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IJN Asashio Class Destroyers

The Asashio class destroyers were the first destroyers designed after the limitations of the 1930 London Naval Treaty had expired. The class was approved in 1934 and laid down over a span of two years beginning in 1935. In terms of armament, the Asashio class was similar to the previous 'special type' class destroyers, like the Fubuki and Akatsuki. All future destroyers were based off the Asashio destroyers.

The only critical problem with the Asashio class were their new sophisticated steam turbines, which were liable to malfunction. However, this problem was fixed by the start of the Pacific War. The Asashio class were also the first destroyer class to exceed 2,000 tons and to be equipped with sonar. Ten ships were laid down and all ten were loss during the war. The Kisumi, last of the class to be laid down, served as escort on the Pearl Harbor mission and joined the Yamato on her suicide mission against the American fleet at Okinawa.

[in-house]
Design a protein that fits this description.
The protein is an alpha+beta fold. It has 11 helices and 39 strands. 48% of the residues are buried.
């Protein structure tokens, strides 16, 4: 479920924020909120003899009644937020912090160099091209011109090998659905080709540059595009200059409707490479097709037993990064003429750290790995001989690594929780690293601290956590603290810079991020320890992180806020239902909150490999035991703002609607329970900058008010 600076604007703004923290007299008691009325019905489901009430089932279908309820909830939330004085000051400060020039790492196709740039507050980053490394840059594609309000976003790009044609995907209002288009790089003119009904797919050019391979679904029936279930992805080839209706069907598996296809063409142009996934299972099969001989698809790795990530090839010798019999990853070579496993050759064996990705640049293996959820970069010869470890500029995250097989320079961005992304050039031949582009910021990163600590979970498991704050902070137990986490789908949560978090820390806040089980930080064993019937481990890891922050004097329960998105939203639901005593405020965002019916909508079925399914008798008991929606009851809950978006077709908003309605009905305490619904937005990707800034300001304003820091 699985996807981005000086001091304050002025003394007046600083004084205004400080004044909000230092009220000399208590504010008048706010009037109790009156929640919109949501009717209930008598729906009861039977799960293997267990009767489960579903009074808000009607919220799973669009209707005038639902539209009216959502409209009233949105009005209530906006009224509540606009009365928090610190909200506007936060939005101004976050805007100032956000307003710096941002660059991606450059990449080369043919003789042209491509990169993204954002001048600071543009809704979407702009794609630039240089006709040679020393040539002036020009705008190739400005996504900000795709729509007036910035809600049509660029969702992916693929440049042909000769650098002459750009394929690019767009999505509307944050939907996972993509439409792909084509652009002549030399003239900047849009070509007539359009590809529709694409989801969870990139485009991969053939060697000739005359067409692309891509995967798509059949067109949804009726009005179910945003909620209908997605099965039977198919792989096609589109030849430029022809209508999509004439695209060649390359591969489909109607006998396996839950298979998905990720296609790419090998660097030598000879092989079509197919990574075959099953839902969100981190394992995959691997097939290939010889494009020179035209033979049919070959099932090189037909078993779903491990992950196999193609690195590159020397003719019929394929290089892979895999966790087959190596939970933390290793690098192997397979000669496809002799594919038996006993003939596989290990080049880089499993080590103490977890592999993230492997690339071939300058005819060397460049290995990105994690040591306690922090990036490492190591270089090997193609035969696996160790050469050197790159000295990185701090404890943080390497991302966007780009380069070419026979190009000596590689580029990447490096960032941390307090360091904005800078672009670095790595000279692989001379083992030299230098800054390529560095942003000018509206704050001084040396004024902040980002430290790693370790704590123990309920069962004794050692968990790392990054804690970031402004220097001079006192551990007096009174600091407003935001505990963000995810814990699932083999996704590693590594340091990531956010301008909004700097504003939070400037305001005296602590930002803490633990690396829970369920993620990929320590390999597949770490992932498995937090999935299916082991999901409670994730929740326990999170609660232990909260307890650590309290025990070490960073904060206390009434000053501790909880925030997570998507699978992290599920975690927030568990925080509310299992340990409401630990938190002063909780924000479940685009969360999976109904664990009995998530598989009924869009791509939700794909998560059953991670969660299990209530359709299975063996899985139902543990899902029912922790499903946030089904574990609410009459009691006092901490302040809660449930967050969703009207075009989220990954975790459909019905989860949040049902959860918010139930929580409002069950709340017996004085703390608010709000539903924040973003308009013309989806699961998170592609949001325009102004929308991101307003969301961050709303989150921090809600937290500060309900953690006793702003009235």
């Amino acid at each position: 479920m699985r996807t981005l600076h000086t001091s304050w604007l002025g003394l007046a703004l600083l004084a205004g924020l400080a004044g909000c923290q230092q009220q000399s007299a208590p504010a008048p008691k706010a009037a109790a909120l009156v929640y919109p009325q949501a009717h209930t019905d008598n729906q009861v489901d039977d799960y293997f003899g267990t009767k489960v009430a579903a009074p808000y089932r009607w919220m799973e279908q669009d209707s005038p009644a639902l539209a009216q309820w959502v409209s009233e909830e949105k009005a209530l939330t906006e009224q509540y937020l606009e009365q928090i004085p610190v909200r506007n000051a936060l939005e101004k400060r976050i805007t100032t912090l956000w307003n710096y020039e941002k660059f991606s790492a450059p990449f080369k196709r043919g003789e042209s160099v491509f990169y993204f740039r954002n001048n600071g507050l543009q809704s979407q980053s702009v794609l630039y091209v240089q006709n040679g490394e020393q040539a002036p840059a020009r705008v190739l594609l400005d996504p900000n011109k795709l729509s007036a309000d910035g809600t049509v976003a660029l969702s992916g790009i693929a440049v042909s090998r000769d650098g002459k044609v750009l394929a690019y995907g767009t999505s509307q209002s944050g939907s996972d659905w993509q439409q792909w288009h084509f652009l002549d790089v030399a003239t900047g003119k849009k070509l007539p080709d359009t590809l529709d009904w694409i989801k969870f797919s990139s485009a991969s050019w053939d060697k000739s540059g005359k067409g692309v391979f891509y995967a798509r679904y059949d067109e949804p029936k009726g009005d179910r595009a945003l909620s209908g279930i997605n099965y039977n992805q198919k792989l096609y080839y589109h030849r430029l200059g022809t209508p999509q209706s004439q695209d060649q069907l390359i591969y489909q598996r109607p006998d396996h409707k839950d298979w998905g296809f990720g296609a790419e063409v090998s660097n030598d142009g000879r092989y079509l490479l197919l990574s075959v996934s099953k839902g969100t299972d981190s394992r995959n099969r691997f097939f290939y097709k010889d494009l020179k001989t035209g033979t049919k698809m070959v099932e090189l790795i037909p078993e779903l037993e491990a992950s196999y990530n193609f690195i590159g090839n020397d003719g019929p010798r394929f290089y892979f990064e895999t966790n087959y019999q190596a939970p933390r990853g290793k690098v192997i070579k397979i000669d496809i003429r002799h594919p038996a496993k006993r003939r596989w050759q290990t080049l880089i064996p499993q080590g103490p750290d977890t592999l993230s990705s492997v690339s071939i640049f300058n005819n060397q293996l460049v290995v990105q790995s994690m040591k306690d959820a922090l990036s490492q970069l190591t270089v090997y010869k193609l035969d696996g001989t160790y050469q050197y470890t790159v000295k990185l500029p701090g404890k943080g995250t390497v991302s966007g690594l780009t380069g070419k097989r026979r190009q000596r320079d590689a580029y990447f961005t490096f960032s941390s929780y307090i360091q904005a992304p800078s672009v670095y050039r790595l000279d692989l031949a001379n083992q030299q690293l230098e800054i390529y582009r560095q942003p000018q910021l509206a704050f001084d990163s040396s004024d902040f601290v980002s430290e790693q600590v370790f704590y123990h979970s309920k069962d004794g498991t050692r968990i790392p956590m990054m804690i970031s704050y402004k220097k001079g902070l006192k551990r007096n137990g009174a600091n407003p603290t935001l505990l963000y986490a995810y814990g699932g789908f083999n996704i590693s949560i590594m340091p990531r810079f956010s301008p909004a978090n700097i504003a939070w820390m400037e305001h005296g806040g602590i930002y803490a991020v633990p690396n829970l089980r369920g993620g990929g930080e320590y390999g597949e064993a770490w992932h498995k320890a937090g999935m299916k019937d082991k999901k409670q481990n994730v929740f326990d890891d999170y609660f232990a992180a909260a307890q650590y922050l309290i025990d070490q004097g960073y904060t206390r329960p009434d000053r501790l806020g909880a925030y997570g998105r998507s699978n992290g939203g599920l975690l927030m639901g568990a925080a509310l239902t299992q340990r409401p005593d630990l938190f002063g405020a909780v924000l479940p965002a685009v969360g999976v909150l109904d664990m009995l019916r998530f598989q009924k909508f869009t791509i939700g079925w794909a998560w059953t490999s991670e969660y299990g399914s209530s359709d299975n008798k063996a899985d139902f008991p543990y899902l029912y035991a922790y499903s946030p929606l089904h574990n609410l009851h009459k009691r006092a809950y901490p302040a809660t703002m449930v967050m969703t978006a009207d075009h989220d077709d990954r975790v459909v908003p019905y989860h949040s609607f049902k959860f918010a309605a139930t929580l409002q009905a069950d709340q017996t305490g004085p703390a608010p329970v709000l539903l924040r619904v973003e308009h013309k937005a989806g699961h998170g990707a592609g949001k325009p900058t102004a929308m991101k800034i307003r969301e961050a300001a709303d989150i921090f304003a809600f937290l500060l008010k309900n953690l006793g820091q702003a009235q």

Minegumo, a 1961-ton Asashio class destroyer, was built at Osaka, Japan. Completed in April 1938, she took part in several campaigns during the Pacific War that Japan started in December 1941. Her initial operation was the landing at Vigan, northwestern Luzon, on 11 December 1941. A month later she supported landings at Tarakan, Borneo. During the Battle of the Java Sea on 27 February 1942, Minegumo delivered torpedo attacks and engaged the British destroyer Encounter in a close-range fight that caused little damage to either combatant. At the end of March, she participated in the brief capture and occupation of Christmas Island, south of Java.

In June 1942 Minegumo was part of the Covering Group during the Battle of the Midway and, as the campaign to retake Guadalcanal heated up in late August, she operated in support of the engaged forced during the Battle of the Eastern Solomons. On 5 October 1942, while on a supply mission to Guadalcanal, she was seriously damaged by air attack.

Minegumo's last mission ended in a brief, but intense night battle with a greatly superior force of U.S. cruisers and destroyers on 6 March 1943, soon after she and the destroyer Murasame had delivered supplies to Vila, on Kolombangara. Both Japanese ships were sunk, but most of Minegumo's crew survived the action.




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